What do St. John's Wort (the herb), and July 4 Fireworks have in common? Lots more than you think. If fact, lots more than I thought just a few hours ago.
Preparing for the next installment of Jonathan's Coffeeblog, I decided to do something in the Gods and Myths category, but no gods or myths came to mind, until I remembered this: exactly six months ago I had written about the Winter Solstice, and that the Summer Solstice has arrived within the last few days. Spring is over, summer is here.
Now if I were a Christian, I might have known that the feast day of John the Baptist was coming up on June 24 (the exact day that this is being posted to my weblog.) Since I'm not Christian, however, I knew nothing about St. John's birthday until I looked up the summer solstice in the Wikipedia, and then I hit the jackpot.
It seems that the Irish consider May 1 as the beginning of summer, and August 1 as the end, or so I read. The solstice, therefore, is smack dab in the middle of summer, and therefore called Midsummer.
Well, what's so weird about the solstice? For one thing, the sun rises earlier and sets later and any other day of the year. That's especially weird if you live in the far north, where the sun might set around 2 AM, or not at all, if you're above the Arctic Circle. Another weird thing about the summer solstice is that the days start to get shorter again for the next six months. Makes a guy want to do something about that.
Now if you live in the far north, midsummer is the season to gather your medicinal herbs, because by the first snow it'll be too late. And in the north Midsummer celebrations are very conscious of "magical" herbs and their powers. According to this German website, Johanniskraut (yes, that's what they call it), is the king of the magical plants at Midsummer. Here in the USA we call it St. John's Wort, and no less a purveyor of wisdom than the U. S. Government touts its powers as an antidepressant. Let's face it, the idea that the days are getting shorter for the next six months is depressing.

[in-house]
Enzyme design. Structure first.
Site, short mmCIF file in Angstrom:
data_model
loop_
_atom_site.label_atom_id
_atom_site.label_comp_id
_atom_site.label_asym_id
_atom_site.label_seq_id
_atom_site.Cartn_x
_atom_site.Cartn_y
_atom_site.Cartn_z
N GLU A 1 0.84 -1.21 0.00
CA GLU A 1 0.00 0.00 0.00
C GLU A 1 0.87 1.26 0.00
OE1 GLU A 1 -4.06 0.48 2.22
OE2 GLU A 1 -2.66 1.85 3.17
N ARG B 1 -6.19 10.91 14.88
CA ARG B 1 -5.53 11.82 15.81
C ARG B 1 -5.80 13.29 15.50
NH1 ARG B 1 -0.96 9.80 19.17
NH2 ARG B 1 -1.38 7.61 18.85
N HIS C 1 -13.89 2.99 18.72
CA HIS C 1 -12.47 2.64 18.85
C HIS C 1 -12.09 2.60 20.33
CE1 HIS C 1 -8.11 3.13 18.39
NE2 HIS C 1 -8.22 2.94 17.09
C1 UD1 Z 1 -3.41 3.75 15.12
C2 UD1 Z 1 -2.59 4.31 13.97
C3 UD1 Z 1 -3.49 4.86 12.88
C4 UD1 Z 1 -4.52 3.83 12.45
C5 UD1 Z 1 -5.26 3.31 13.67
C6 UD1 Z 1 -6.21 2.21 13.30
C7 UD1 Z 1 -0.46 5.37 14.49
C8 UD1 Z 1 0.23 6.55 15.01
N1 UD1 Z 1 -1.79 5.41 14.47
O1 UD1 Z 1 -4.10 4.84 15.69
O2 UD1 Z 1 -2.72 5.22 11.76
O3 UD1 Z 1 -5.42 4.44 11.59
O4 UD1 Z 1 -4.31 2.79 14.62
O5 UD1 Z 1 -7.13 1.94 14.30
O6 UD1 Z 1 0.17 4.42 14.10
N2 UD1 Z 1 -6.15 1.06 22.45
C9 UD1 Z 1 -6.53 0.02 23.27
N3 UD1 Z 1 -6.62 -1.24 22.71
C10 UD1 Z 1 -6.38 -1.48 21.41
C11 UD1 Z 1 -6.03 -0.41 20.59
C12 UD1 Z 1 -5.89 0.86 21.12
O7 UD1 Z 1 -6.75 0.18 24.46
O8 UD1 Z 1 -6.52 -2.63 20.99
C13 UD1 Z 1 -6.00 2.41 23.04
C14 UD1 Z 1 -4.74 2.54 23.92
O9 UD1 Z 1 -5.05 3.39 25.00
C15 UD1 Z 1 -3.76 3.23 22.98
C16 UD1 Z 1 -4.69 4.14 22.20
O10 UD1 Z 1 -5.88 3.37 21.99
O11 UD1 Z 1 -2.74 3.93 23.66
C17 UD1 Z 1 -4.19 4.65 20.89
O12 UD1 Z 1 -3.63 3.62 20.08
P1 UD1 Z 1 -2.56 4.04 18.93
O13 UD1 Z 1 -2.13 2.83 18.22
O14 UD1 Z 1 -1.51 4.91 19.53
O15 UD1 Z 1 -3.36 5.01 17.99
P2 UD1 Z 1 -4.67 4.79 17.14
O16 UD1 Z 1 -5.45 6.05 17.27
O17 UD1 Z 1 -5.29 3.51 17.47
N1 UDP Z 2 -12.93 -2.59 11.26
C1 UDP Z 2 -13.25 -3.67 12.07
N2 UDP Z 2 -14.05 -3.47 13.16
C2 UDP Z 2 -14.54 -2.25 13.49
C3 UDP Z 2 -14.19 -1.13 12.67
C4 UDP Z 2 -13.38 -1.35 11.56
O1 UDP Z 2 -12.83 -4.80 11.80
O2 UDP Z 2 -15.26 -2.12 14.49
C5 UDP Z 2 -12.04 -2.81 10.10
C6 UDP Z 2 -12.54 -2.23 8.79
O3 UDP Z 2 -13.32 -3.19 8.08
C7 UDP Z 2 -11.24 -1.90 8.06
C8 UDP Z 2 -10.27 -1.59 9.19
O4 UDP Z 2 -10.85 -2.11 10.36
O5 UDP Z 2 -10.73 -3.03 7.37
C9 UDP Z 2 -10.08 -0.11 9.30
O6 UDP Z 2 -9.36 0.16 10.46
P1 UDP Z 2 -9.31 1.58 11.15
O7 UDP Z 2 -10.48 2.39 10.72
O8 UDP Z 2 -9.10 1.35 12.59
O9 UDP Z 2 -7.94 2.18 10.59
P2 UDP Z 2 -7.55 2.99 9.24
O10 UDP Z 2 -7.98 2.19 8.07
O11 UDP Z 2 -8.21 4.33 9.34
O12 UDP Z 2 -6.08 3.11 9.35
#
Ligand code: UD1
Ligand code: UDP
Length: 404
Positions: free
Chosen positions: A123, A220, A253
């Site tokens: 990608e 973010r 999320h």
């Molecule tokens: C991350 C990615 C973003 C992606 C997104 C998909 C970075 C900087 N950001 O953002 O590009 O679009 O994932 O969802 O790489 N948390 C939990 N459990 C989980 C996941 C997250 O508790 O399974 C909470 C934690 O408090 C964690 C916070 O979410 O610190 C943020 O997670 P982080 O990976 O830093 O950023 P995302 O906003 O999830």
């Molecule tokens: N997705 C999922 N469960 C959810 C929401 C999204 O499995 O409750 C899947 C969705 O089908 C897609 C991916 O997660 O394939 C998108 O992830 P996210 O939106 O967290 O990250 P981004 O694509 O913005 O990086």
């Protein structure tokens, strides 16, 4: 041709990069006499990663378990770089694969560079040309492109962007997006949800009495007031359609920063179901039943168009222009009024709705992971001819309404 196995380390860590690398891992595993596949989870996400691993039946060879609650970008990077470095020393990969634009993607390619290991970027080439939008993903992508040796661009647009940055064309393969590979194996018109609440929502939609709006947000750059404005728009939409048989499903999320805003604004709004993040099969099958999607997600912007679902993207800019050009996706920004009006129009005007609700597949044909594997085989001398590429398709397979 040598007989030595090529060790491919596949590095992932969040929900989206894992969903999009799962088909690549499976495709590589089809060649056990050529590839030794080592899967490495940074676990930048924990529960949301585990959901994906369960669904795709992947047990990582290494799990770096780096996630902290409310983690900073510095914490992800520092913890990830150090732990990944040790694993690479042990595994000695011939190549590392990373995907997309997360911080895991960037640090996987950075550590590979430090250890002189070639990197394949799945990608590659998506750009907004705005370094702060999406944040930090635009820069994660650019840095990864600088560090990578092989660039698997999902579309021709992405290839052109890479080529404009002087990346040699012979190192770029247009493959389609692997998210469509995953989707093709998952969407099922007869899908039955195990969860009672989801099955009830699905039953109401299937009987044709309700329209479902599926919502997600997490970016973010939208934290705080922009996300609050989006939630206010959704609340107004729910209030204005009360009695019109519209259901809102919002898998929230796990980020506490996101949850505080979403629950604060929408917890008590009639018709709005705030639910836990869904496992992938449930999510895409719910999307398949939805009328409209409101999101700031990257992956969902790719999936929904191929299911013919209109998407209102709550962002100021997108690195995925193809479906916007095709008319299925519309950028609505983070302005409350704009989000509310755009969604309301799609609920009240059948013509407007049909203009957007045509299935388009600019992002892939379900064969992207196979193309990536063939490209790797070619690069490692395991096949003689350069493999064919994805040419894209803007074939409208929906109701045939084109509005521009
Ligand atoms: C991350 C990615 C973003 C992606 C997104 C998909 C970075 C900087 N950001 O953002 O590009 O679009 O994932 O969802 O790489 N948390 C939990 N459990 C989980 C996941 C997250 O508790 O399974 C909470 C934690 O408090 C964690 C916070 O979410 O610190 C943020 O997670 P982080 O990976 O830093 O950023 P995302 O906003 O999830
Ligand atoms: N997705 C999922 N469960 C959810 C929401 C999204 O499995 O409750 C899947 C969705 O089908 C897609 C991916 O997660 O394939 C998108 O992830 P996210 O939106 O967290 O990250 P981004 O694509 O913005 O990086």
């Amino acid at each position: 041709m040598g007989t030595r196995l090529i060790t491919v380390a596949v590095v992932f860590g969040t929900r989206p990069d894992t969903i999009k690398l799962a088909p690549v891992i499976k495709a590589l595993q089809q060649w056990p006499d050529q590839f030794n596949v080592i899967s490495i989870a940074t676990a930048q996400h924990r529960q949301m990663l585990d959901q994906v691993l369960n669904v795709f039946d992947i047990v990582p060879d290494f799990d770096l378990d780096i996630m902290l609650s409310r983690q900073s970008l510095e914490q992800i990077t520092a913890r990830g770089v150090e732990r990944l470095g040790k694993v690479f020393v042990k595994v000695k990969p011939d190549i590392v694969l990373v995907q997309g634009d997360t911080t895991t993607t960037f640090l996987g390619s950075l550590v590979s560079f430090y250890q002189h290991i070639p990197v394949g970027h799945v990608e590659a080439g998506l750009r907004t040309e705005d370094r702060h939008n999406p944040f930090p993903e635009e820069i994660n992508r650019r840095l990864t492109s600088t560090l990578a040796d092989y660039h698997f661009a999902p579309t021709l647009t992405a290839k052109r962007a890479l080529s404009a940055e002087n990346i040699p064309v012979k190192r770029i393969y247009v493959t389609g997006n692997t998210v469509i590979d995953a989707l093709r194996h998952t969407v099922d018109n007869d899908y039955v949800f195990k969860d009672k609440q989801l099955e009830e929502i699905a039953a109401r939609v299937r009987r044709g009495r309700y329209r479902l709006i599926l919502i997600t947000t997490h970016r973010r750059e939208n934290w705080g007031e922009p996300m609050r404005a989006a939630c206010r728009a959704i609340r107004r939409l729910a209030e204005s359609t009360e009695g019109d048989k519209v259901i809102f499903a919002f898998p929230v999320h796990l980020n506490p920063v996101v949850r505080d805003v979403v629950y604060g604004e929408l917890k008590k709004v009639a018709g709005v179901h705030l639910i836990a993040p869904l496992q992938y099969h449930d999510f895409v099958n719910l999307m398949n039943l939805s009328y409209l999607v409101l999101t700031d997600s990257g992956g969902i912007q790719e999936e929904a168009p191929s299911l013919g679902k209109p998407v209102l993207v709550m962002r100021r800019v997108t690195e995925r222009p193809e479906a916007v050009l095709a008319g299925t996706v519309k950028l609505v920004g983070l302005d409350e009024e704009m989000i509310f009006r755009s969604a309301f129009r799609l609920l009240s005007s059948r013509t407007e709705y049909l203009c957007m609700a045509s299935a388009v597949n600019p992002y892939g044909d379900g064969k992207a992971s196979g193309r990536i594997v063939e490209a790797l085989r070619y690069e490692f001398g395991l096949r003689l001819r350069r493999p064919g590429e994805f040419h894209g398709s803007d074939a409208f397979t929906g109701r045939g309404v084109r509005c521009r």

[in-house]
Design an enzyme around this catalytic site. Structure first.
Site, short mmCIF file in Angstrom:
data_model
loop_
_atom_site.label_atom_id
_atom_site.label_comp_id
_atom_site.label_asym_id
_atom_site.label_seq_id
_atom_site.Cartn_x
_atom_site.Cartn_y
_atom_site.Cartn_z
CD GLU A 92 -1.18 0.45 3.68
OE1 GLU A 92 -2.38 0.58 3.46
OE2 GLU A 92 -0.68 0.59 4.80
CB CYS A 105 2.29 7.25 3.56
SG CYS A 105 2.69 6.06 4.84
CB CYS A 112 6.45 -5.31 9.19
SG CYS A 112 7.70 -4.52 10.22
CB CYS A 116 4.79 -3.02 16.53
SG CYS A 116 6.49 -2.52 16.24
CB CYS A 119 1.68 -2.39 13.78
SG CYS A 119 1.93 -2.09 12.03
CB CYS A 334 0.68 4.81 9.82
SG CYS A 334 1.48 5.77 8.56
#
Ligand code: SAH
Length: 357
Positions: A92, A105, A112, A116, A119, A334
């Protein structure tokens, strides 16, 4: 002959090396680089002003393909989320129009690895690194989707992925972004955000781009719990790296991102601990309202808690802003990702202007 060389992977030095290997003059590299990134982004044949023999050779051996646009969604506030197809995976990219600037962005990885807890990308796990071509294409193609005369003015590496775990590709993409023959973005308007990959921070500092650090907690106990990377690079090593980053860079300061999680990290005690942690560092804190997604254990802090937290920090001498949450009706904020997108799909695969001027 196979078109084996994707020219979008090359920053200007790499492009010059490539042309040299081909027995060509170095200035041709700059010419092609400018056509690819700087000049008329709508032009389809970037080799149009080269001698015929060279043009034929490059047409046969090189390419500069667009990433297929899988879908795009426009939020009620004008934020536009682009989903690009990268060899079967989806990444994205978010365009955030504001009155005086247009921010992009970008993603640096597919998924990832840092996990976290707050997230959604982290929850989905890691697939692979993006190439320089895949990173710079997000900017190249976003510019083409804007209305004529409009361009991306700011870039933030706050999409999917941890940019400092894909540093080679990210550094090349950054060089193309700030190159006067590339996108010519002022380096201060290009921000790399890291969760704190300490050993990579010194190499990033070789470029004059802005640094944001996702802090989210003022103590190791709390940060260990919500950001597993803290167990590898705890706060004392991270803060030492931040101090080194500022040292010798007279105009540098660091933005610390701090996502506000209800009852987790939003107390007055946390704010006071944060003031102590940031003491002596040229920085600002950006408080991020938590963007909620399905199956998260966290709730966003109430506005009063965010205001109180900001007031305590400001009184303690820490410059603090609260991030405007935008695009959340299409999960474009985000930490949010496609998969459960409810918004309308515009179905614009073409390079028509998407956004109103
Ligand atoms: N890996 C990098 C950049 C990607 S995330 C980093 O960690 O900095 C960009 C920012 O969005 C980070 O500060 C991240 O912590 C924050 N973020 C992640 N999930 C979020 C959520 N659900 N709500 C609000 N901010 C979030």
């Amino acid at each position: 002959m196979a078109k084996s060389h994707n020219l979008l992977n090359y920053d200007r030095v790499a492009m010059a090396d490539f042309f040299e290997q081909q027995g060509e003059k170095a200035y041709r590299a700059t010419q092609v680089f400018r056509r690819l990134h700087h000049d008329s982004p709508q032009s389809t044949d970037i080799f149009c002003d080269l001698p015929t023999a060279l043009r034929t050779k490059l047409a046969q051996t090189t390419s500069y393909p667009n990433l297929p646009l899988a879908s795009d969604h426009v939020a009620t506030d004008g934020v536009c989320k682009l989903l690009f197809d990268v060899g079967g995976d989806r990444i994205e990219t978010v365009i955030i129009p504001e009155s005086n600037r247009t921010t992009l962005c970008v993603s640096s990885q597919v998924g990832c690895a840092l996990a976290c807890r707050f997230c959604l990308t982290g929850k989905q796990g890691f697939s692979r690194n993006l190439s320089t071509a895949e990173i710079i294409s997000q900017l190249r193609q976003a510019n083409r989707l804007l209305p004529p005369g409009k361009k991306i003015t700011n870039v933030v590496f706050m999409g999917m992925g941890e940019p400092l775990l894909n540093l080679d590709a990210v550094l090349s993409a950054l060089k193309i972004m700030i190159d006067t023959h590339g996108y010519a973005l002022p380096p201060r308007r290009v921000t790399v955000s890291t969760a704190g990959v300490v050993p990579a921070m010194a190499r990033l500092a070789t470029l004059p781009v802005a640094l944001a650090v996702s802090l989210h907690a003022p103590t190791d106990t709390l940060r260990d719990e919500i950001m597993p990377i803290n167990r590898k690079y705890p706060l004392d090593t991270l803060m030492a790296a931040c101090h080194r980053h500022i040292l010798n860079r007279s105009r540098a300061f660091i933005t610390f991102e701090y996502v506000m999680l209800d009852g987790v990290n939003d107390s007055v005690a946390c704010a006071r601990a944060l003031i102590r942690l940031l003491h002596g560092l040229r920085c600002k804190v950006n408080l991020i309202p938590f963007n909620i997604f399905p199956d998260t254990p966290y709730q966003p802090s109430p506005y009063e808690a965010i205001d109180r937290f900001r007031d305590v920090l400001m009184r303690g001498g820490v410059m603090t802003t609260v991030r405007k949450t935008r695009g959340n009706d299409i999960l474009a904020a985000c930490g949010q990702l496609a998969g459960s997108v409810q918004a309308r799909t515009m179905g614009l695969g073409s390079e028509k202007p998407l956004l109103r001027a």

So what about Independence Day in the US, with our barbecues and fireworks? Officially the holiday has nothing to do with any solstice and everything about American independence from European politics. The bonfires have become fireworks, or are kept small enough to broil hamburgers and spareribs. (In Dillon Beach, on the California coast, not far from where I live, however, they had bonfires as recently as 2003.)
The beautiful photograph shown above depicts bonfires in Germany; all of Northern Europe, including the former Baltic Soviet Republics celebrate Midsummer, and that includes the descendants of Northern Europeans in the US, like these Swedes in New York. The French, of course, have Bastille Day with dancing, fireworks, and outdoor lights.
And so, Coffeeblog fans, raise a cup of French Roast to Saint John the Baptist, and hope that you can keep your head until the Winter Solstice rolls around again without having to take the magic herb that bears his name.| Technorati Tags: Summer Midsummer Solstice Bonfire Fireworks Herb
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